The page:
Comparisons between countries show that female homicide correlates primarily with the divorce rate, but is significantly higher in countries in which binge drinking is integrated into a culture in which drinking is 'normalised' as part of daily life.


Violence and licensed premises

Typically drinking larger amounts of alcohol in licensed hotels, taverns and sports clubs is a predictor for experiences of alcohol related problems, and these were the most popular location of drinking for males aged 18-24 in the 1995 national survey.

In Western Australia, drinking on licensed premises, especially hotels, taverns and nightclubs, precedes a disproportionate amount of alcohol-related violence. In Sydney police have documented the way drinking in licensed premises is associated with street offences, including violence and malicious damage, and also with domestic violence.

In Australia in the 1970s, lowering states' minimum legal drinking ages to allow the sale of alcohol to 18 year olds was associated, not only with increases in traffic crashes, but with a 20-30% increase in juvenile crime in Queensland, South Australia, Tasmania and, on more limited data, Western Australia. There were also increased non-traffic related hospital admissions for 18-28 year old women in West Australia, and for 15-17 year old males in Queensland, with increased emergency admissions for 15-17 females deliberately injured by others and attempted suicides.

In the United States raising the minimum age of alcohol purchase to 21 in the mid 1980s had a positive impact on youth homicide (21-24 years).

In some New Zealand police districts, questions on charge sheets about last place of drinking now help identify licensed premises with less responsible management practices with regard to patrons becoming intoxicated.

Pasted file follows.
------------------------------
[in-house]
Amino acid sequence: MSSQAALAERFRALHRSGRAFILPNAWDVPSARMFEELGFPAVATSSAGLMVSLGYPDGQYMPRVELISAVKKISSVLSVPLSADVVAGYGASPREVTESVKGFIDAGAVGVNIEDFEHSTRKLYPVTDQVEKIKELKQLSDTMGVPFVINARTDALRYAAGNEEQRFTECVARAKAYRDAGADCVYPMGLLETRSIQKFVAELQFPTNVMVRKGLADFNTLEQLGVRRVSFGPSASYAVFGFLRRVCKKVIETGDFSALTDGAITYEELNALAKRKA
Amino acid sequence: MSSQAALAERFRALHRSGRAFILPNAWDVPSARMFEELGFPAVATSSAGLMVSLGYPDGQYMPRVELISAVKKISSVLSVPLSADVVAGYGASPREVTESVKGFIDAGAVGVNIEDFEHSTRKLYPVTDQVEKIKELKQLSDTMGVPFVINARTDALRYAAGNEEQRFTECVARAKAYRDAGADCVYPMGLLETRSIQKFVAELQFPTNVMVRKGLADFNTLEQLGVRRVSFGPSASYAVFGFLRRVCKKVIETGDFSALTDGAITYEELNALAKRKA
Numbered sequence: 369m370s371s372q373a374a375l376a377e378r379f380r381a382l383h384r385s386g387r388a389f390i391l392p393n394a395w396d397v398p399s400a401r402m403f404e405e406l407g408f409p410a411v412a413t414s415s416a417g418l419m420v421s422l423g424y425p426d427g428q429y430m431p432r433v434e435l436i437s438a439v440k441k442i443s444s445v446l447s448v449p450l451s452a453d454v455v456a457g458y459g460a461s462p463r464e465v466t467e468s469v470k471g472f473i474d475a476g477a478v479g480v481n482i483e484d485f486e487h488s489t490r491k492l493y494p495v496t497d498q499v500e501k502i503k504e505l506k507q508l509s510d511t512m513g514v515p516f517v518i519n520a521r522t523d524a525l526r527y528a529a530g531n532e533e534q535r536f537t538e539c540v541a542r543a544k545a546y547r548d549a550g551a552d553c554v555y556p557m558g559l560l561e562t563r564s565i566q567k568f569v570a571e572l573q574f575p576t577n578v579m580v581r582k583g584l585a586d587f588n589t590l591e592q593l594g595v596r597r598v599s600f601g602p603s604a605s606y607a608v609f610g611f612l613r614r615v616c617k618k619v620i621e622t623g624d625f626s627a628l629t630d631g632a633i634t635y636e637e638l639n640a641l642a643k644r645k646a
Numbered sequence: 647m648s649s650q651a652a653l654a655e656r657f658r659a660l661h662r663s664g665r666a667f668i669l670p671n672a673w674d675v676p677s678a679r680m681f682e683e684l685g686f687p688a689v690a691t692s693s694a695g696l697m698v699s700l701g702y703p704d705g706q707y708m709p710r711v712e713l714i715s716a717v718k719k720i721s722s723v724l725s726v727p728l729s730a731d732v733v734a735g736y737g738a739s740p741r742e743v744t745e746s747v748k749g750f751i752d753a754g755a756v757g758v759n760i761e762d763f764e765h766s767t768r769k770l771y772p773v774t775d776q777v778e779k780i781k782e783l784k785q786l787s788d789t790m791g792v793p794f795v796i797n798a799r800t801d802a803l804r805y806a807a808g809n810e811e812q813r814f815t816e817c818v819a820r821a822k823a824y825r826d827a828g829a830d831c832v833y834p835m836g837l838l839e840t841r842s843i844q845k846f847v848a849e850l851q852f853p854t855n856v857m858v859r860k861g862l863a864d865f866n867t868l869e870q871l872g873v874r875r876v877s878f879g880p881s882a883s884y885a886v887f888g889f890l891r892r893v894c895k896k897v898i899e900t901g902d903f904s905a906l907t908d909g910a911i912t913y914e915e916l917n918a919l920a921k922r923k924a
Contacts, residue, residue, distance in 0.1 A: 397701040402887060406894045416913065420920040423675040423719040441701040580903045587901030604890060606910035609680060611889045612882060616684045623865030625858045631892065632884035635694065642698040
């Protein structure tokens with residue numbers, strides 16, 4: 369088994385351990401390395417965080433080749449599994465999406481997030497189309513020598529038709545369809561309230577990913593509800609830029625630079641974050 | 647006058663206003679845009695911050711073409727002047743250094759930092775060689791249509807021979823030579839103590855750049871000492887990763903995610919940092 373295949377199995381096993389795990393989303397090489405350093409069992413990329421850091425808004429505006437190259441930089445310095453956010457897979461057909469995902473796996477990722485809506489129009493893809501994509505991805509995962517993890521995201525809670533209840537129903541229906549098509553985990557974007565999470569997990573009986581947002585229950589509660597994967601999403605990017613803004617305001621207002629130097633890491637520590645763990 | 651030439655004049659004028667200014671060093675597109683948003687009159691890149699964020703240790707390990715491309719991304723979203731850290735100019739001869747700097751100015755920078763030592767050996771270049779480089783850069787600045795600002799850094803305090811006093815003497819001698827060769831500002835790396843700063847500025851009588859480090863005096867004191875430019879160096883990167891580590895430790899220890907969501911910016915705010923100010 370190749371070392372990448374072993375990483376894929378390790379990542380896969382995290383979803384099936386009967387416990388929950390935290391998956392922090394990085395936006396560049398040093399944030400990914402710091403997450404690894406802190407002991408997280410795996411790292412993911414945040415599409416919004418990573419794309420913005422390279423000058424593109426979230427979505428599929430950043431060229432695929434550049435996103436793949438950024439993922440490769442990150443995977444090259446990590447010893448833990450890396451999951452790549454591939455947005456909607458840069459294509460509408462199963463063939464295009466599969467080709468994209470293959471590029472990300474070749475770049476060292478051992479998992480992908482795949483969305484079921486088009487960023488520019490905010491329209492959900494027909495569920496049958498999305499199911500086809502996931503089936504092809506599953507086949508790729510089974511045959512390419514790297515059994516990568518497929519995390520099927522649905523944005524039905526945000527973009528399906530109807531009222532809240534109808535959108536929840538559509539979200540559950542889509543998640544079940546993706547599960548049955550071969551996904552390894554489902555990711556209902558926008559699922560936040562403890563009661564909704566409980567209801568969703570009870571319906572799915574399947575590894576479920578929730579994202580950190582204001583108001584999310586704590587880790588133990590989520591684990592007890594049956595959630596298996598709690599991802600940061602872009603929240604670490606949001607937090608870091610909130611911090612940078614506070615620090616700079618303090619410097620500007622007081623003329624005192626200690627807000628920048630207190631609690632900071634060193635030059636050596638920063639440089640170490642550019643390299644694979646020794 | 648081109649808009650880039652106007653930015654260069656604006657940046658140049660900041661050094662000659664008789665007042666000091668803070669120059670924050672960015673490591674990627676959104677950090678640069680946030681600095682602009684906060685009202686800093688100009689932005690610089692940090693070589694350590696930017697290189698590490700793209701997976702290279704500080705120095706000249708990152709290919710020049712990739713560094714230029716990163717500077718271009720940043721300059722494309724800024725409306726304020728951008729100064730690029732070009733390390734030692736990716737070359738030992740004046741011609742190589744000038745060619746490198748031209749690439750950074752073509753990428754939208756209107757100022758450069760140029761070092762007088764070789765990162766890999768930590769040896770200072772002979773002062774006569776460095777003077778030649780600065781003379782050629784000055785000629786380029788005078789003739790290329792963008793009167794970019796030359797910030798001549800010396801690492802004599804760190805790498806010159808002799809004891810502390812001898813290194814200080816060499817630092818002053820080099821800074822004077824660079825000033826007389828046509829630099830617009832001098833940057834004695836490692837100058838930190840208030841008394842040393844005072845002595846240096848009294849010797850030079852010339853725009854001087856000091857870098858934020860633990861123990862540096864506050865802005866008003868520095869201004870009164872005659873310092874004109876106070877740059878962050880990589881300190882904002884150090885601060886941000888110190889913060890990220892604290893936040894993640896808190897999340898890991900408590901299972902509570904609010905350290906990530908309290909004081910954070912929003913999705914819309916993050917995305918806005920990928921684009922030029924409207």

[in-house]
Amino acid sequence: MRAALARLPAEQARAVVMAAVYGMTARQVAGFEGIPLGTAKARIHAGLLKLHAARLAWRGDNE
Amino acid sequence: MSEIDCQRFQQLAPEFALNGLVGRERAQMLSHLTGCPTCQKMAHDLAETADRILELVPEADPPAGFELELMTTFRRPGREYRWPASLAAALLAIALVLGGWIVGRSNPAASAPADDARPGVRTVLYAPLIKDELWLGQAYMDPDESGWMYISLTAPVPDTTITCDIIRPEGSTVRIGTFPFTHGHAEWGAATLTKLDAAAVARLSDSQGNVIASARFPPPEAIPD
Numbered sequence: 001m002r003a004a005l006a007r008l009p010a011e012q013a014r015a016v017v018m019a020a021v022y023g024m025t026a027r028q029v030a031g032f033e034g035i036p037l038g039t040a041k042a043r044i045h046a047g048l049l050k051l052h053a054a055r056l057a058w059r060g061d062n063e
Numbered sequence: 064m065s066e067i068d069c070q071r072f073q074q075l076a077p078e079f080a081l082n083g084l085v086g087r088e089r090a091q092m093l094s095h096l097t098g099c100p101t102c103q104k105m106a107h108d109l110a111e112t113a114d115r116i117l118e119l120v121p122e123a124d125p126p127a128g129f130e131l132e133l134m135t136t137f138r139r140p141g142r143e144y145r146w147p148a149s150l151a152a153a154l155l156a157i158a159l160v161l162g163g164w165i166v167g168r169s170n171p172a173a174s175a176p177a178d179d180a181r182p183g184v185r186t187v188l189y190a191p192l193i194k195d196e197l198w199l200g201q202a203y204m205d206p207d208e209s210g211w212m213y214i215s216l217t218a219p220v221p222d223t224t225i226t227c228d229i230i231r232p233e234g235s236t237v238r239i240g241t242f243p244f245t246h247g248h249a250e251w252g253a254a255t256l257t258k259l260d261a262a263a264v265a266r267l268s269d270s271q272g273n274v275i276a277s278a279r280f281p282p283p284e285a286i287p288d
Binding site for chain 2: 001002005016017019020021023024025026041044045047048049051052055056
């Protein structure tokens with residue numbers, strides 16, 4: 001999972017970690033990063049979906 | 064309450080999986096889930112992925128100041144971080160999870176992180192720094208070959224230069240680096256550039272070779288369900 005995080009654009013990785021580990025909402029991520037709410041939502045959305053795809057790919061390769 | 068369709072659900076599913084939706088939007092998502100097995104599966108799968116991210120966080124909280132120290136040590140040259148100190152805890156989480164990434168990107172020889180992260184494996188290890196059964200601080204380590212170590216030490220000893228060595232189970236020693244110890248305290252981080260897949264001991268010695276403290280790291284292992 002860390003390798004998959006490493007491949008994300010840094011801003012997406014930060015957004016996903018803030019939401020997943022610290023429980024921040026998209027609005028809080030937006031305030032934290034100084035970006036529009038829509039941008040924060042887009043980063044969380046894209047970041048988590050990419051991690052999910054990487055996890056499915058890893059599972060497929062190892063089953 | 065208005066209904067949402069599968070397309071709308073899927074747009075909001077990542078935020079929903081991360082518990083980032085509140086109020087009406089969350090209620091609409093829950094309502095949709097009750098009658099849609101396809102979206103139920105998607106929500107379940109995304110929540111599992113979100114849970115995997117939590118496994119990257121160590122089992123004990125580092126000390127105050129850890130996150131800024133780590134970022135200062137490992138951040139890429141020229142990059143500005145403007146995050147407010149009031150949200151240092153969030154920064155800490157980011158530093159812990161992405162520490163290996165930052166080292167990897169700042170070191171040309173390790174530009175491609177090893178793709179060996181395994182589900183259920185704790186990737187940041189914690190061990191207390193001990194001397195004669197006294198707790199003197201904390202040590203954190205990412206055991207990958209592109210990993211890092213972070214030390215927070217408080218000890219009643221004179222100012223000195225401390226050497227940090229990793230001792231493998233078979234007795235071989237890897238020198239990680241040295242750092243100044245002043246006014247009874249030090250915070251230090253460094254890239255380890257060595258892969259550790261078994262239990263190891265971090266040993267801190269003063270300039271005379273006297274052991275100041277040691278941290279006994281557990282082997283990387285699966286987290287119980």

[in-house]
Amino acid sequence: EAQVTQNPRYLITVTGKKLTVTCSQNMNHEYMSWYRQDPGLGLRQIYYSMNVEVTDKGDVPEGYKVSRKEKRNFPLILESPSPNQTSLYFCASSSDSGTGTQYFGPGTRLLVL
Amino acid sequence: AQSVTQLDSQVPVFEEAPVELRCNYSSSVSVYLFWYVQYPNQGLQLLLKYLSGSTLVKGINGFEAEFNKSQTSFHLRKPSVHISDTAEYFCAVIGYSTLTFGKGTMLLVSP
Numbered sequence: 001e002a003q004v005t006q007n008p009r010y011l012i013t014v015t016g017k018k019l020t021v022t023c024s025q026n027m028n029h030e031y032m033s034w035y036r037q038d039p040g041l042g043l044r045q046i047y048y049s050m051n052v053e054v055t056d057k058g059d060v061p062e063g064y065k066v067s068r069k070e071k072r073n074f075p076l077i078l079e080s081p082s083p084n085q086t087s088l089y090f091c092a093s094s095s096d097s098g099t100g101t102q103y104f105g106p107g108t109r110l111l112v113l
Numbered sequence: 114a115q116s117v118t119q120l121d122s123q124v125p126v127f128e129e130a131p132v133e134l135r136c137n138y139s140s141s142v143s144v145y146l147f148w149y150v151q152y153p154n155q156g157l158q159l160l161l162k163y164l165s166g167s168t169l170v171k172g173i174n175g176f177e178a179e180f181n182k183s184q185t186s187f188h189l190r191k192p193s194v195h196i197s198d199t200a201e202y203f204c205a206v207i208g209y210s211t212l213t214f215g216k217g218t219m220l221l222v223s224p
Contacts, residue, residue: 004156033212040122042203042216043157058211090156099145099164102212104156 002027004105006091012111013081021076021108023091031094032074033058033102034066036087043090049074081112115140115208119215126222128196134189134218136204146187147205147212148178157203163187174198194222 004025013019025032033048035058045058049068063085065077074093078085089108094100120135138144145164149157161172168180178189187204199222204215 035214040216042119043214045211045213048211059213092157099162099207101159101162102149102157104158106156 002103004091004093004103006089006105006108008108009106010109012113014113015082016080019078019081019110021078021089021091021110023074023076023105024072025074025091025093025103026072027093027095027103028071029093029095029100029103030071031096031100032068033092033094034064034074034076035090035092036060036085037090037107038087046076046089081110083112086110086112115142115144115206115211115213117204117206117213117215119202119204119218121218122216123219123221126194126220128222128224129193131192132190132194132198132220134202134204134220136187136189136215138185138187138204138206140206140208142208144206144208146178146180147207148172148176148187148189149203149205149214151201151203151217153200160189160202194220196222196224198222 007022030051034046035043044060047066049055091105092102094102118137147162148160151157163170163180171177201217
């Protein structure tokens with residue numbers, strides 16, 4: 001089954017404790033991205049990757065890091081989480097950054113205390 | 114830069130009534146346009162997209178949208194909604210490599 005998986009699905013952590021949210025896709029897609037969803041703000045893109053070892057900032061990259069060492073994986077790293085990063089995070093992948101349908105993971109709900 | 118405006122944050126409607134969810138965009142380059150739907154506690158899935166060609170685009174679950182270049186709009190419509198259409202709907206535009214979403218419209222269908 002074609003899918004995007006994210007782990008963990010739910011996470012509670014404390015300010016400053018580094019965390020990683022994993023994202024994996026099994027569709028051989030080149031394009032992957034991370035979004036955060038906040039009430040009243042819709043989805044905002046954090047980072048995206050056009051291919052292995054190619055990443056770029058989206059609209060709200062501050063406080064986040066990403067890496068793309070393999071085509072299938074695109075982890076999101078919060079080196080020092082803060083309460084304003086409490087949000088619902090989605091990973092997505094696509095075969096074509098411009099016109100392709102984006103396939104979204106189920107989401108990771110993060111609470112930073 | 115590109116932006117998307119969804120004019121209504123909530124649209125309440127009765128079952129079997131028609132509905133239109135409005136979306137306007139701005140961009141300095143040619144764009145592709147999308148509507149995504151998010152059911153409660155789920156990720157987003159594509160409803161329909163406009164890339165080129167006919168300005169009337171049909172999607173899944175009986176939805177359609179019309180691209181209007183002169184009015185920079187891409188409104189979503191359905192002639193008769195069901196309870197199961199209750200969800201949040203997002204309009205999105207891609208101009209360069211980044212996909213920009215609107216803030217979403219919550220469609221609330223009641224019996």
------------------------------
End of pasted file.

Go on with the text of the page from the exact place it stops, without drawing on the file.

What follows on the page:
Responsible host practices on licensed premises, being an important location of drinking by young men, can help reduce excessive alcohol consumption. These practices include slowing or limiting serving to avoid intoxication, promoting food and non-alcoholic drinks, and avoiding promotions which encourage rapid or excessive drinking. Situational factors which trigger violent behaviour can be reduced by improved layouts, staff training, limiting crowds and providing good entertainment for patrons.

Overseas experiences have shown that good server practices need to be reinforced by licensee's expectation that such requirements will be enforced. Consistent (and well publicised) enforcement of laws against serving intoxicated people on licensed premises and selling take-away liquor to underage people, and of disorderly behaviour near licensed premises can help reduce the incidence of violence.


Researcher: Linda Hill

The Alcohol & Public Health Research Unit would like to thank Prof. Ross Homel, Griffith University and Dr Rob Nash Parker, University of California, Riverside, for comments on this factsheet, and to acknowledge funding from the Health Research Council and the Alcohol Advisory Council.

See also the Injury Prevention Research Centre's website for research on Intentional Injury and factsheet on Violence in New Zealand.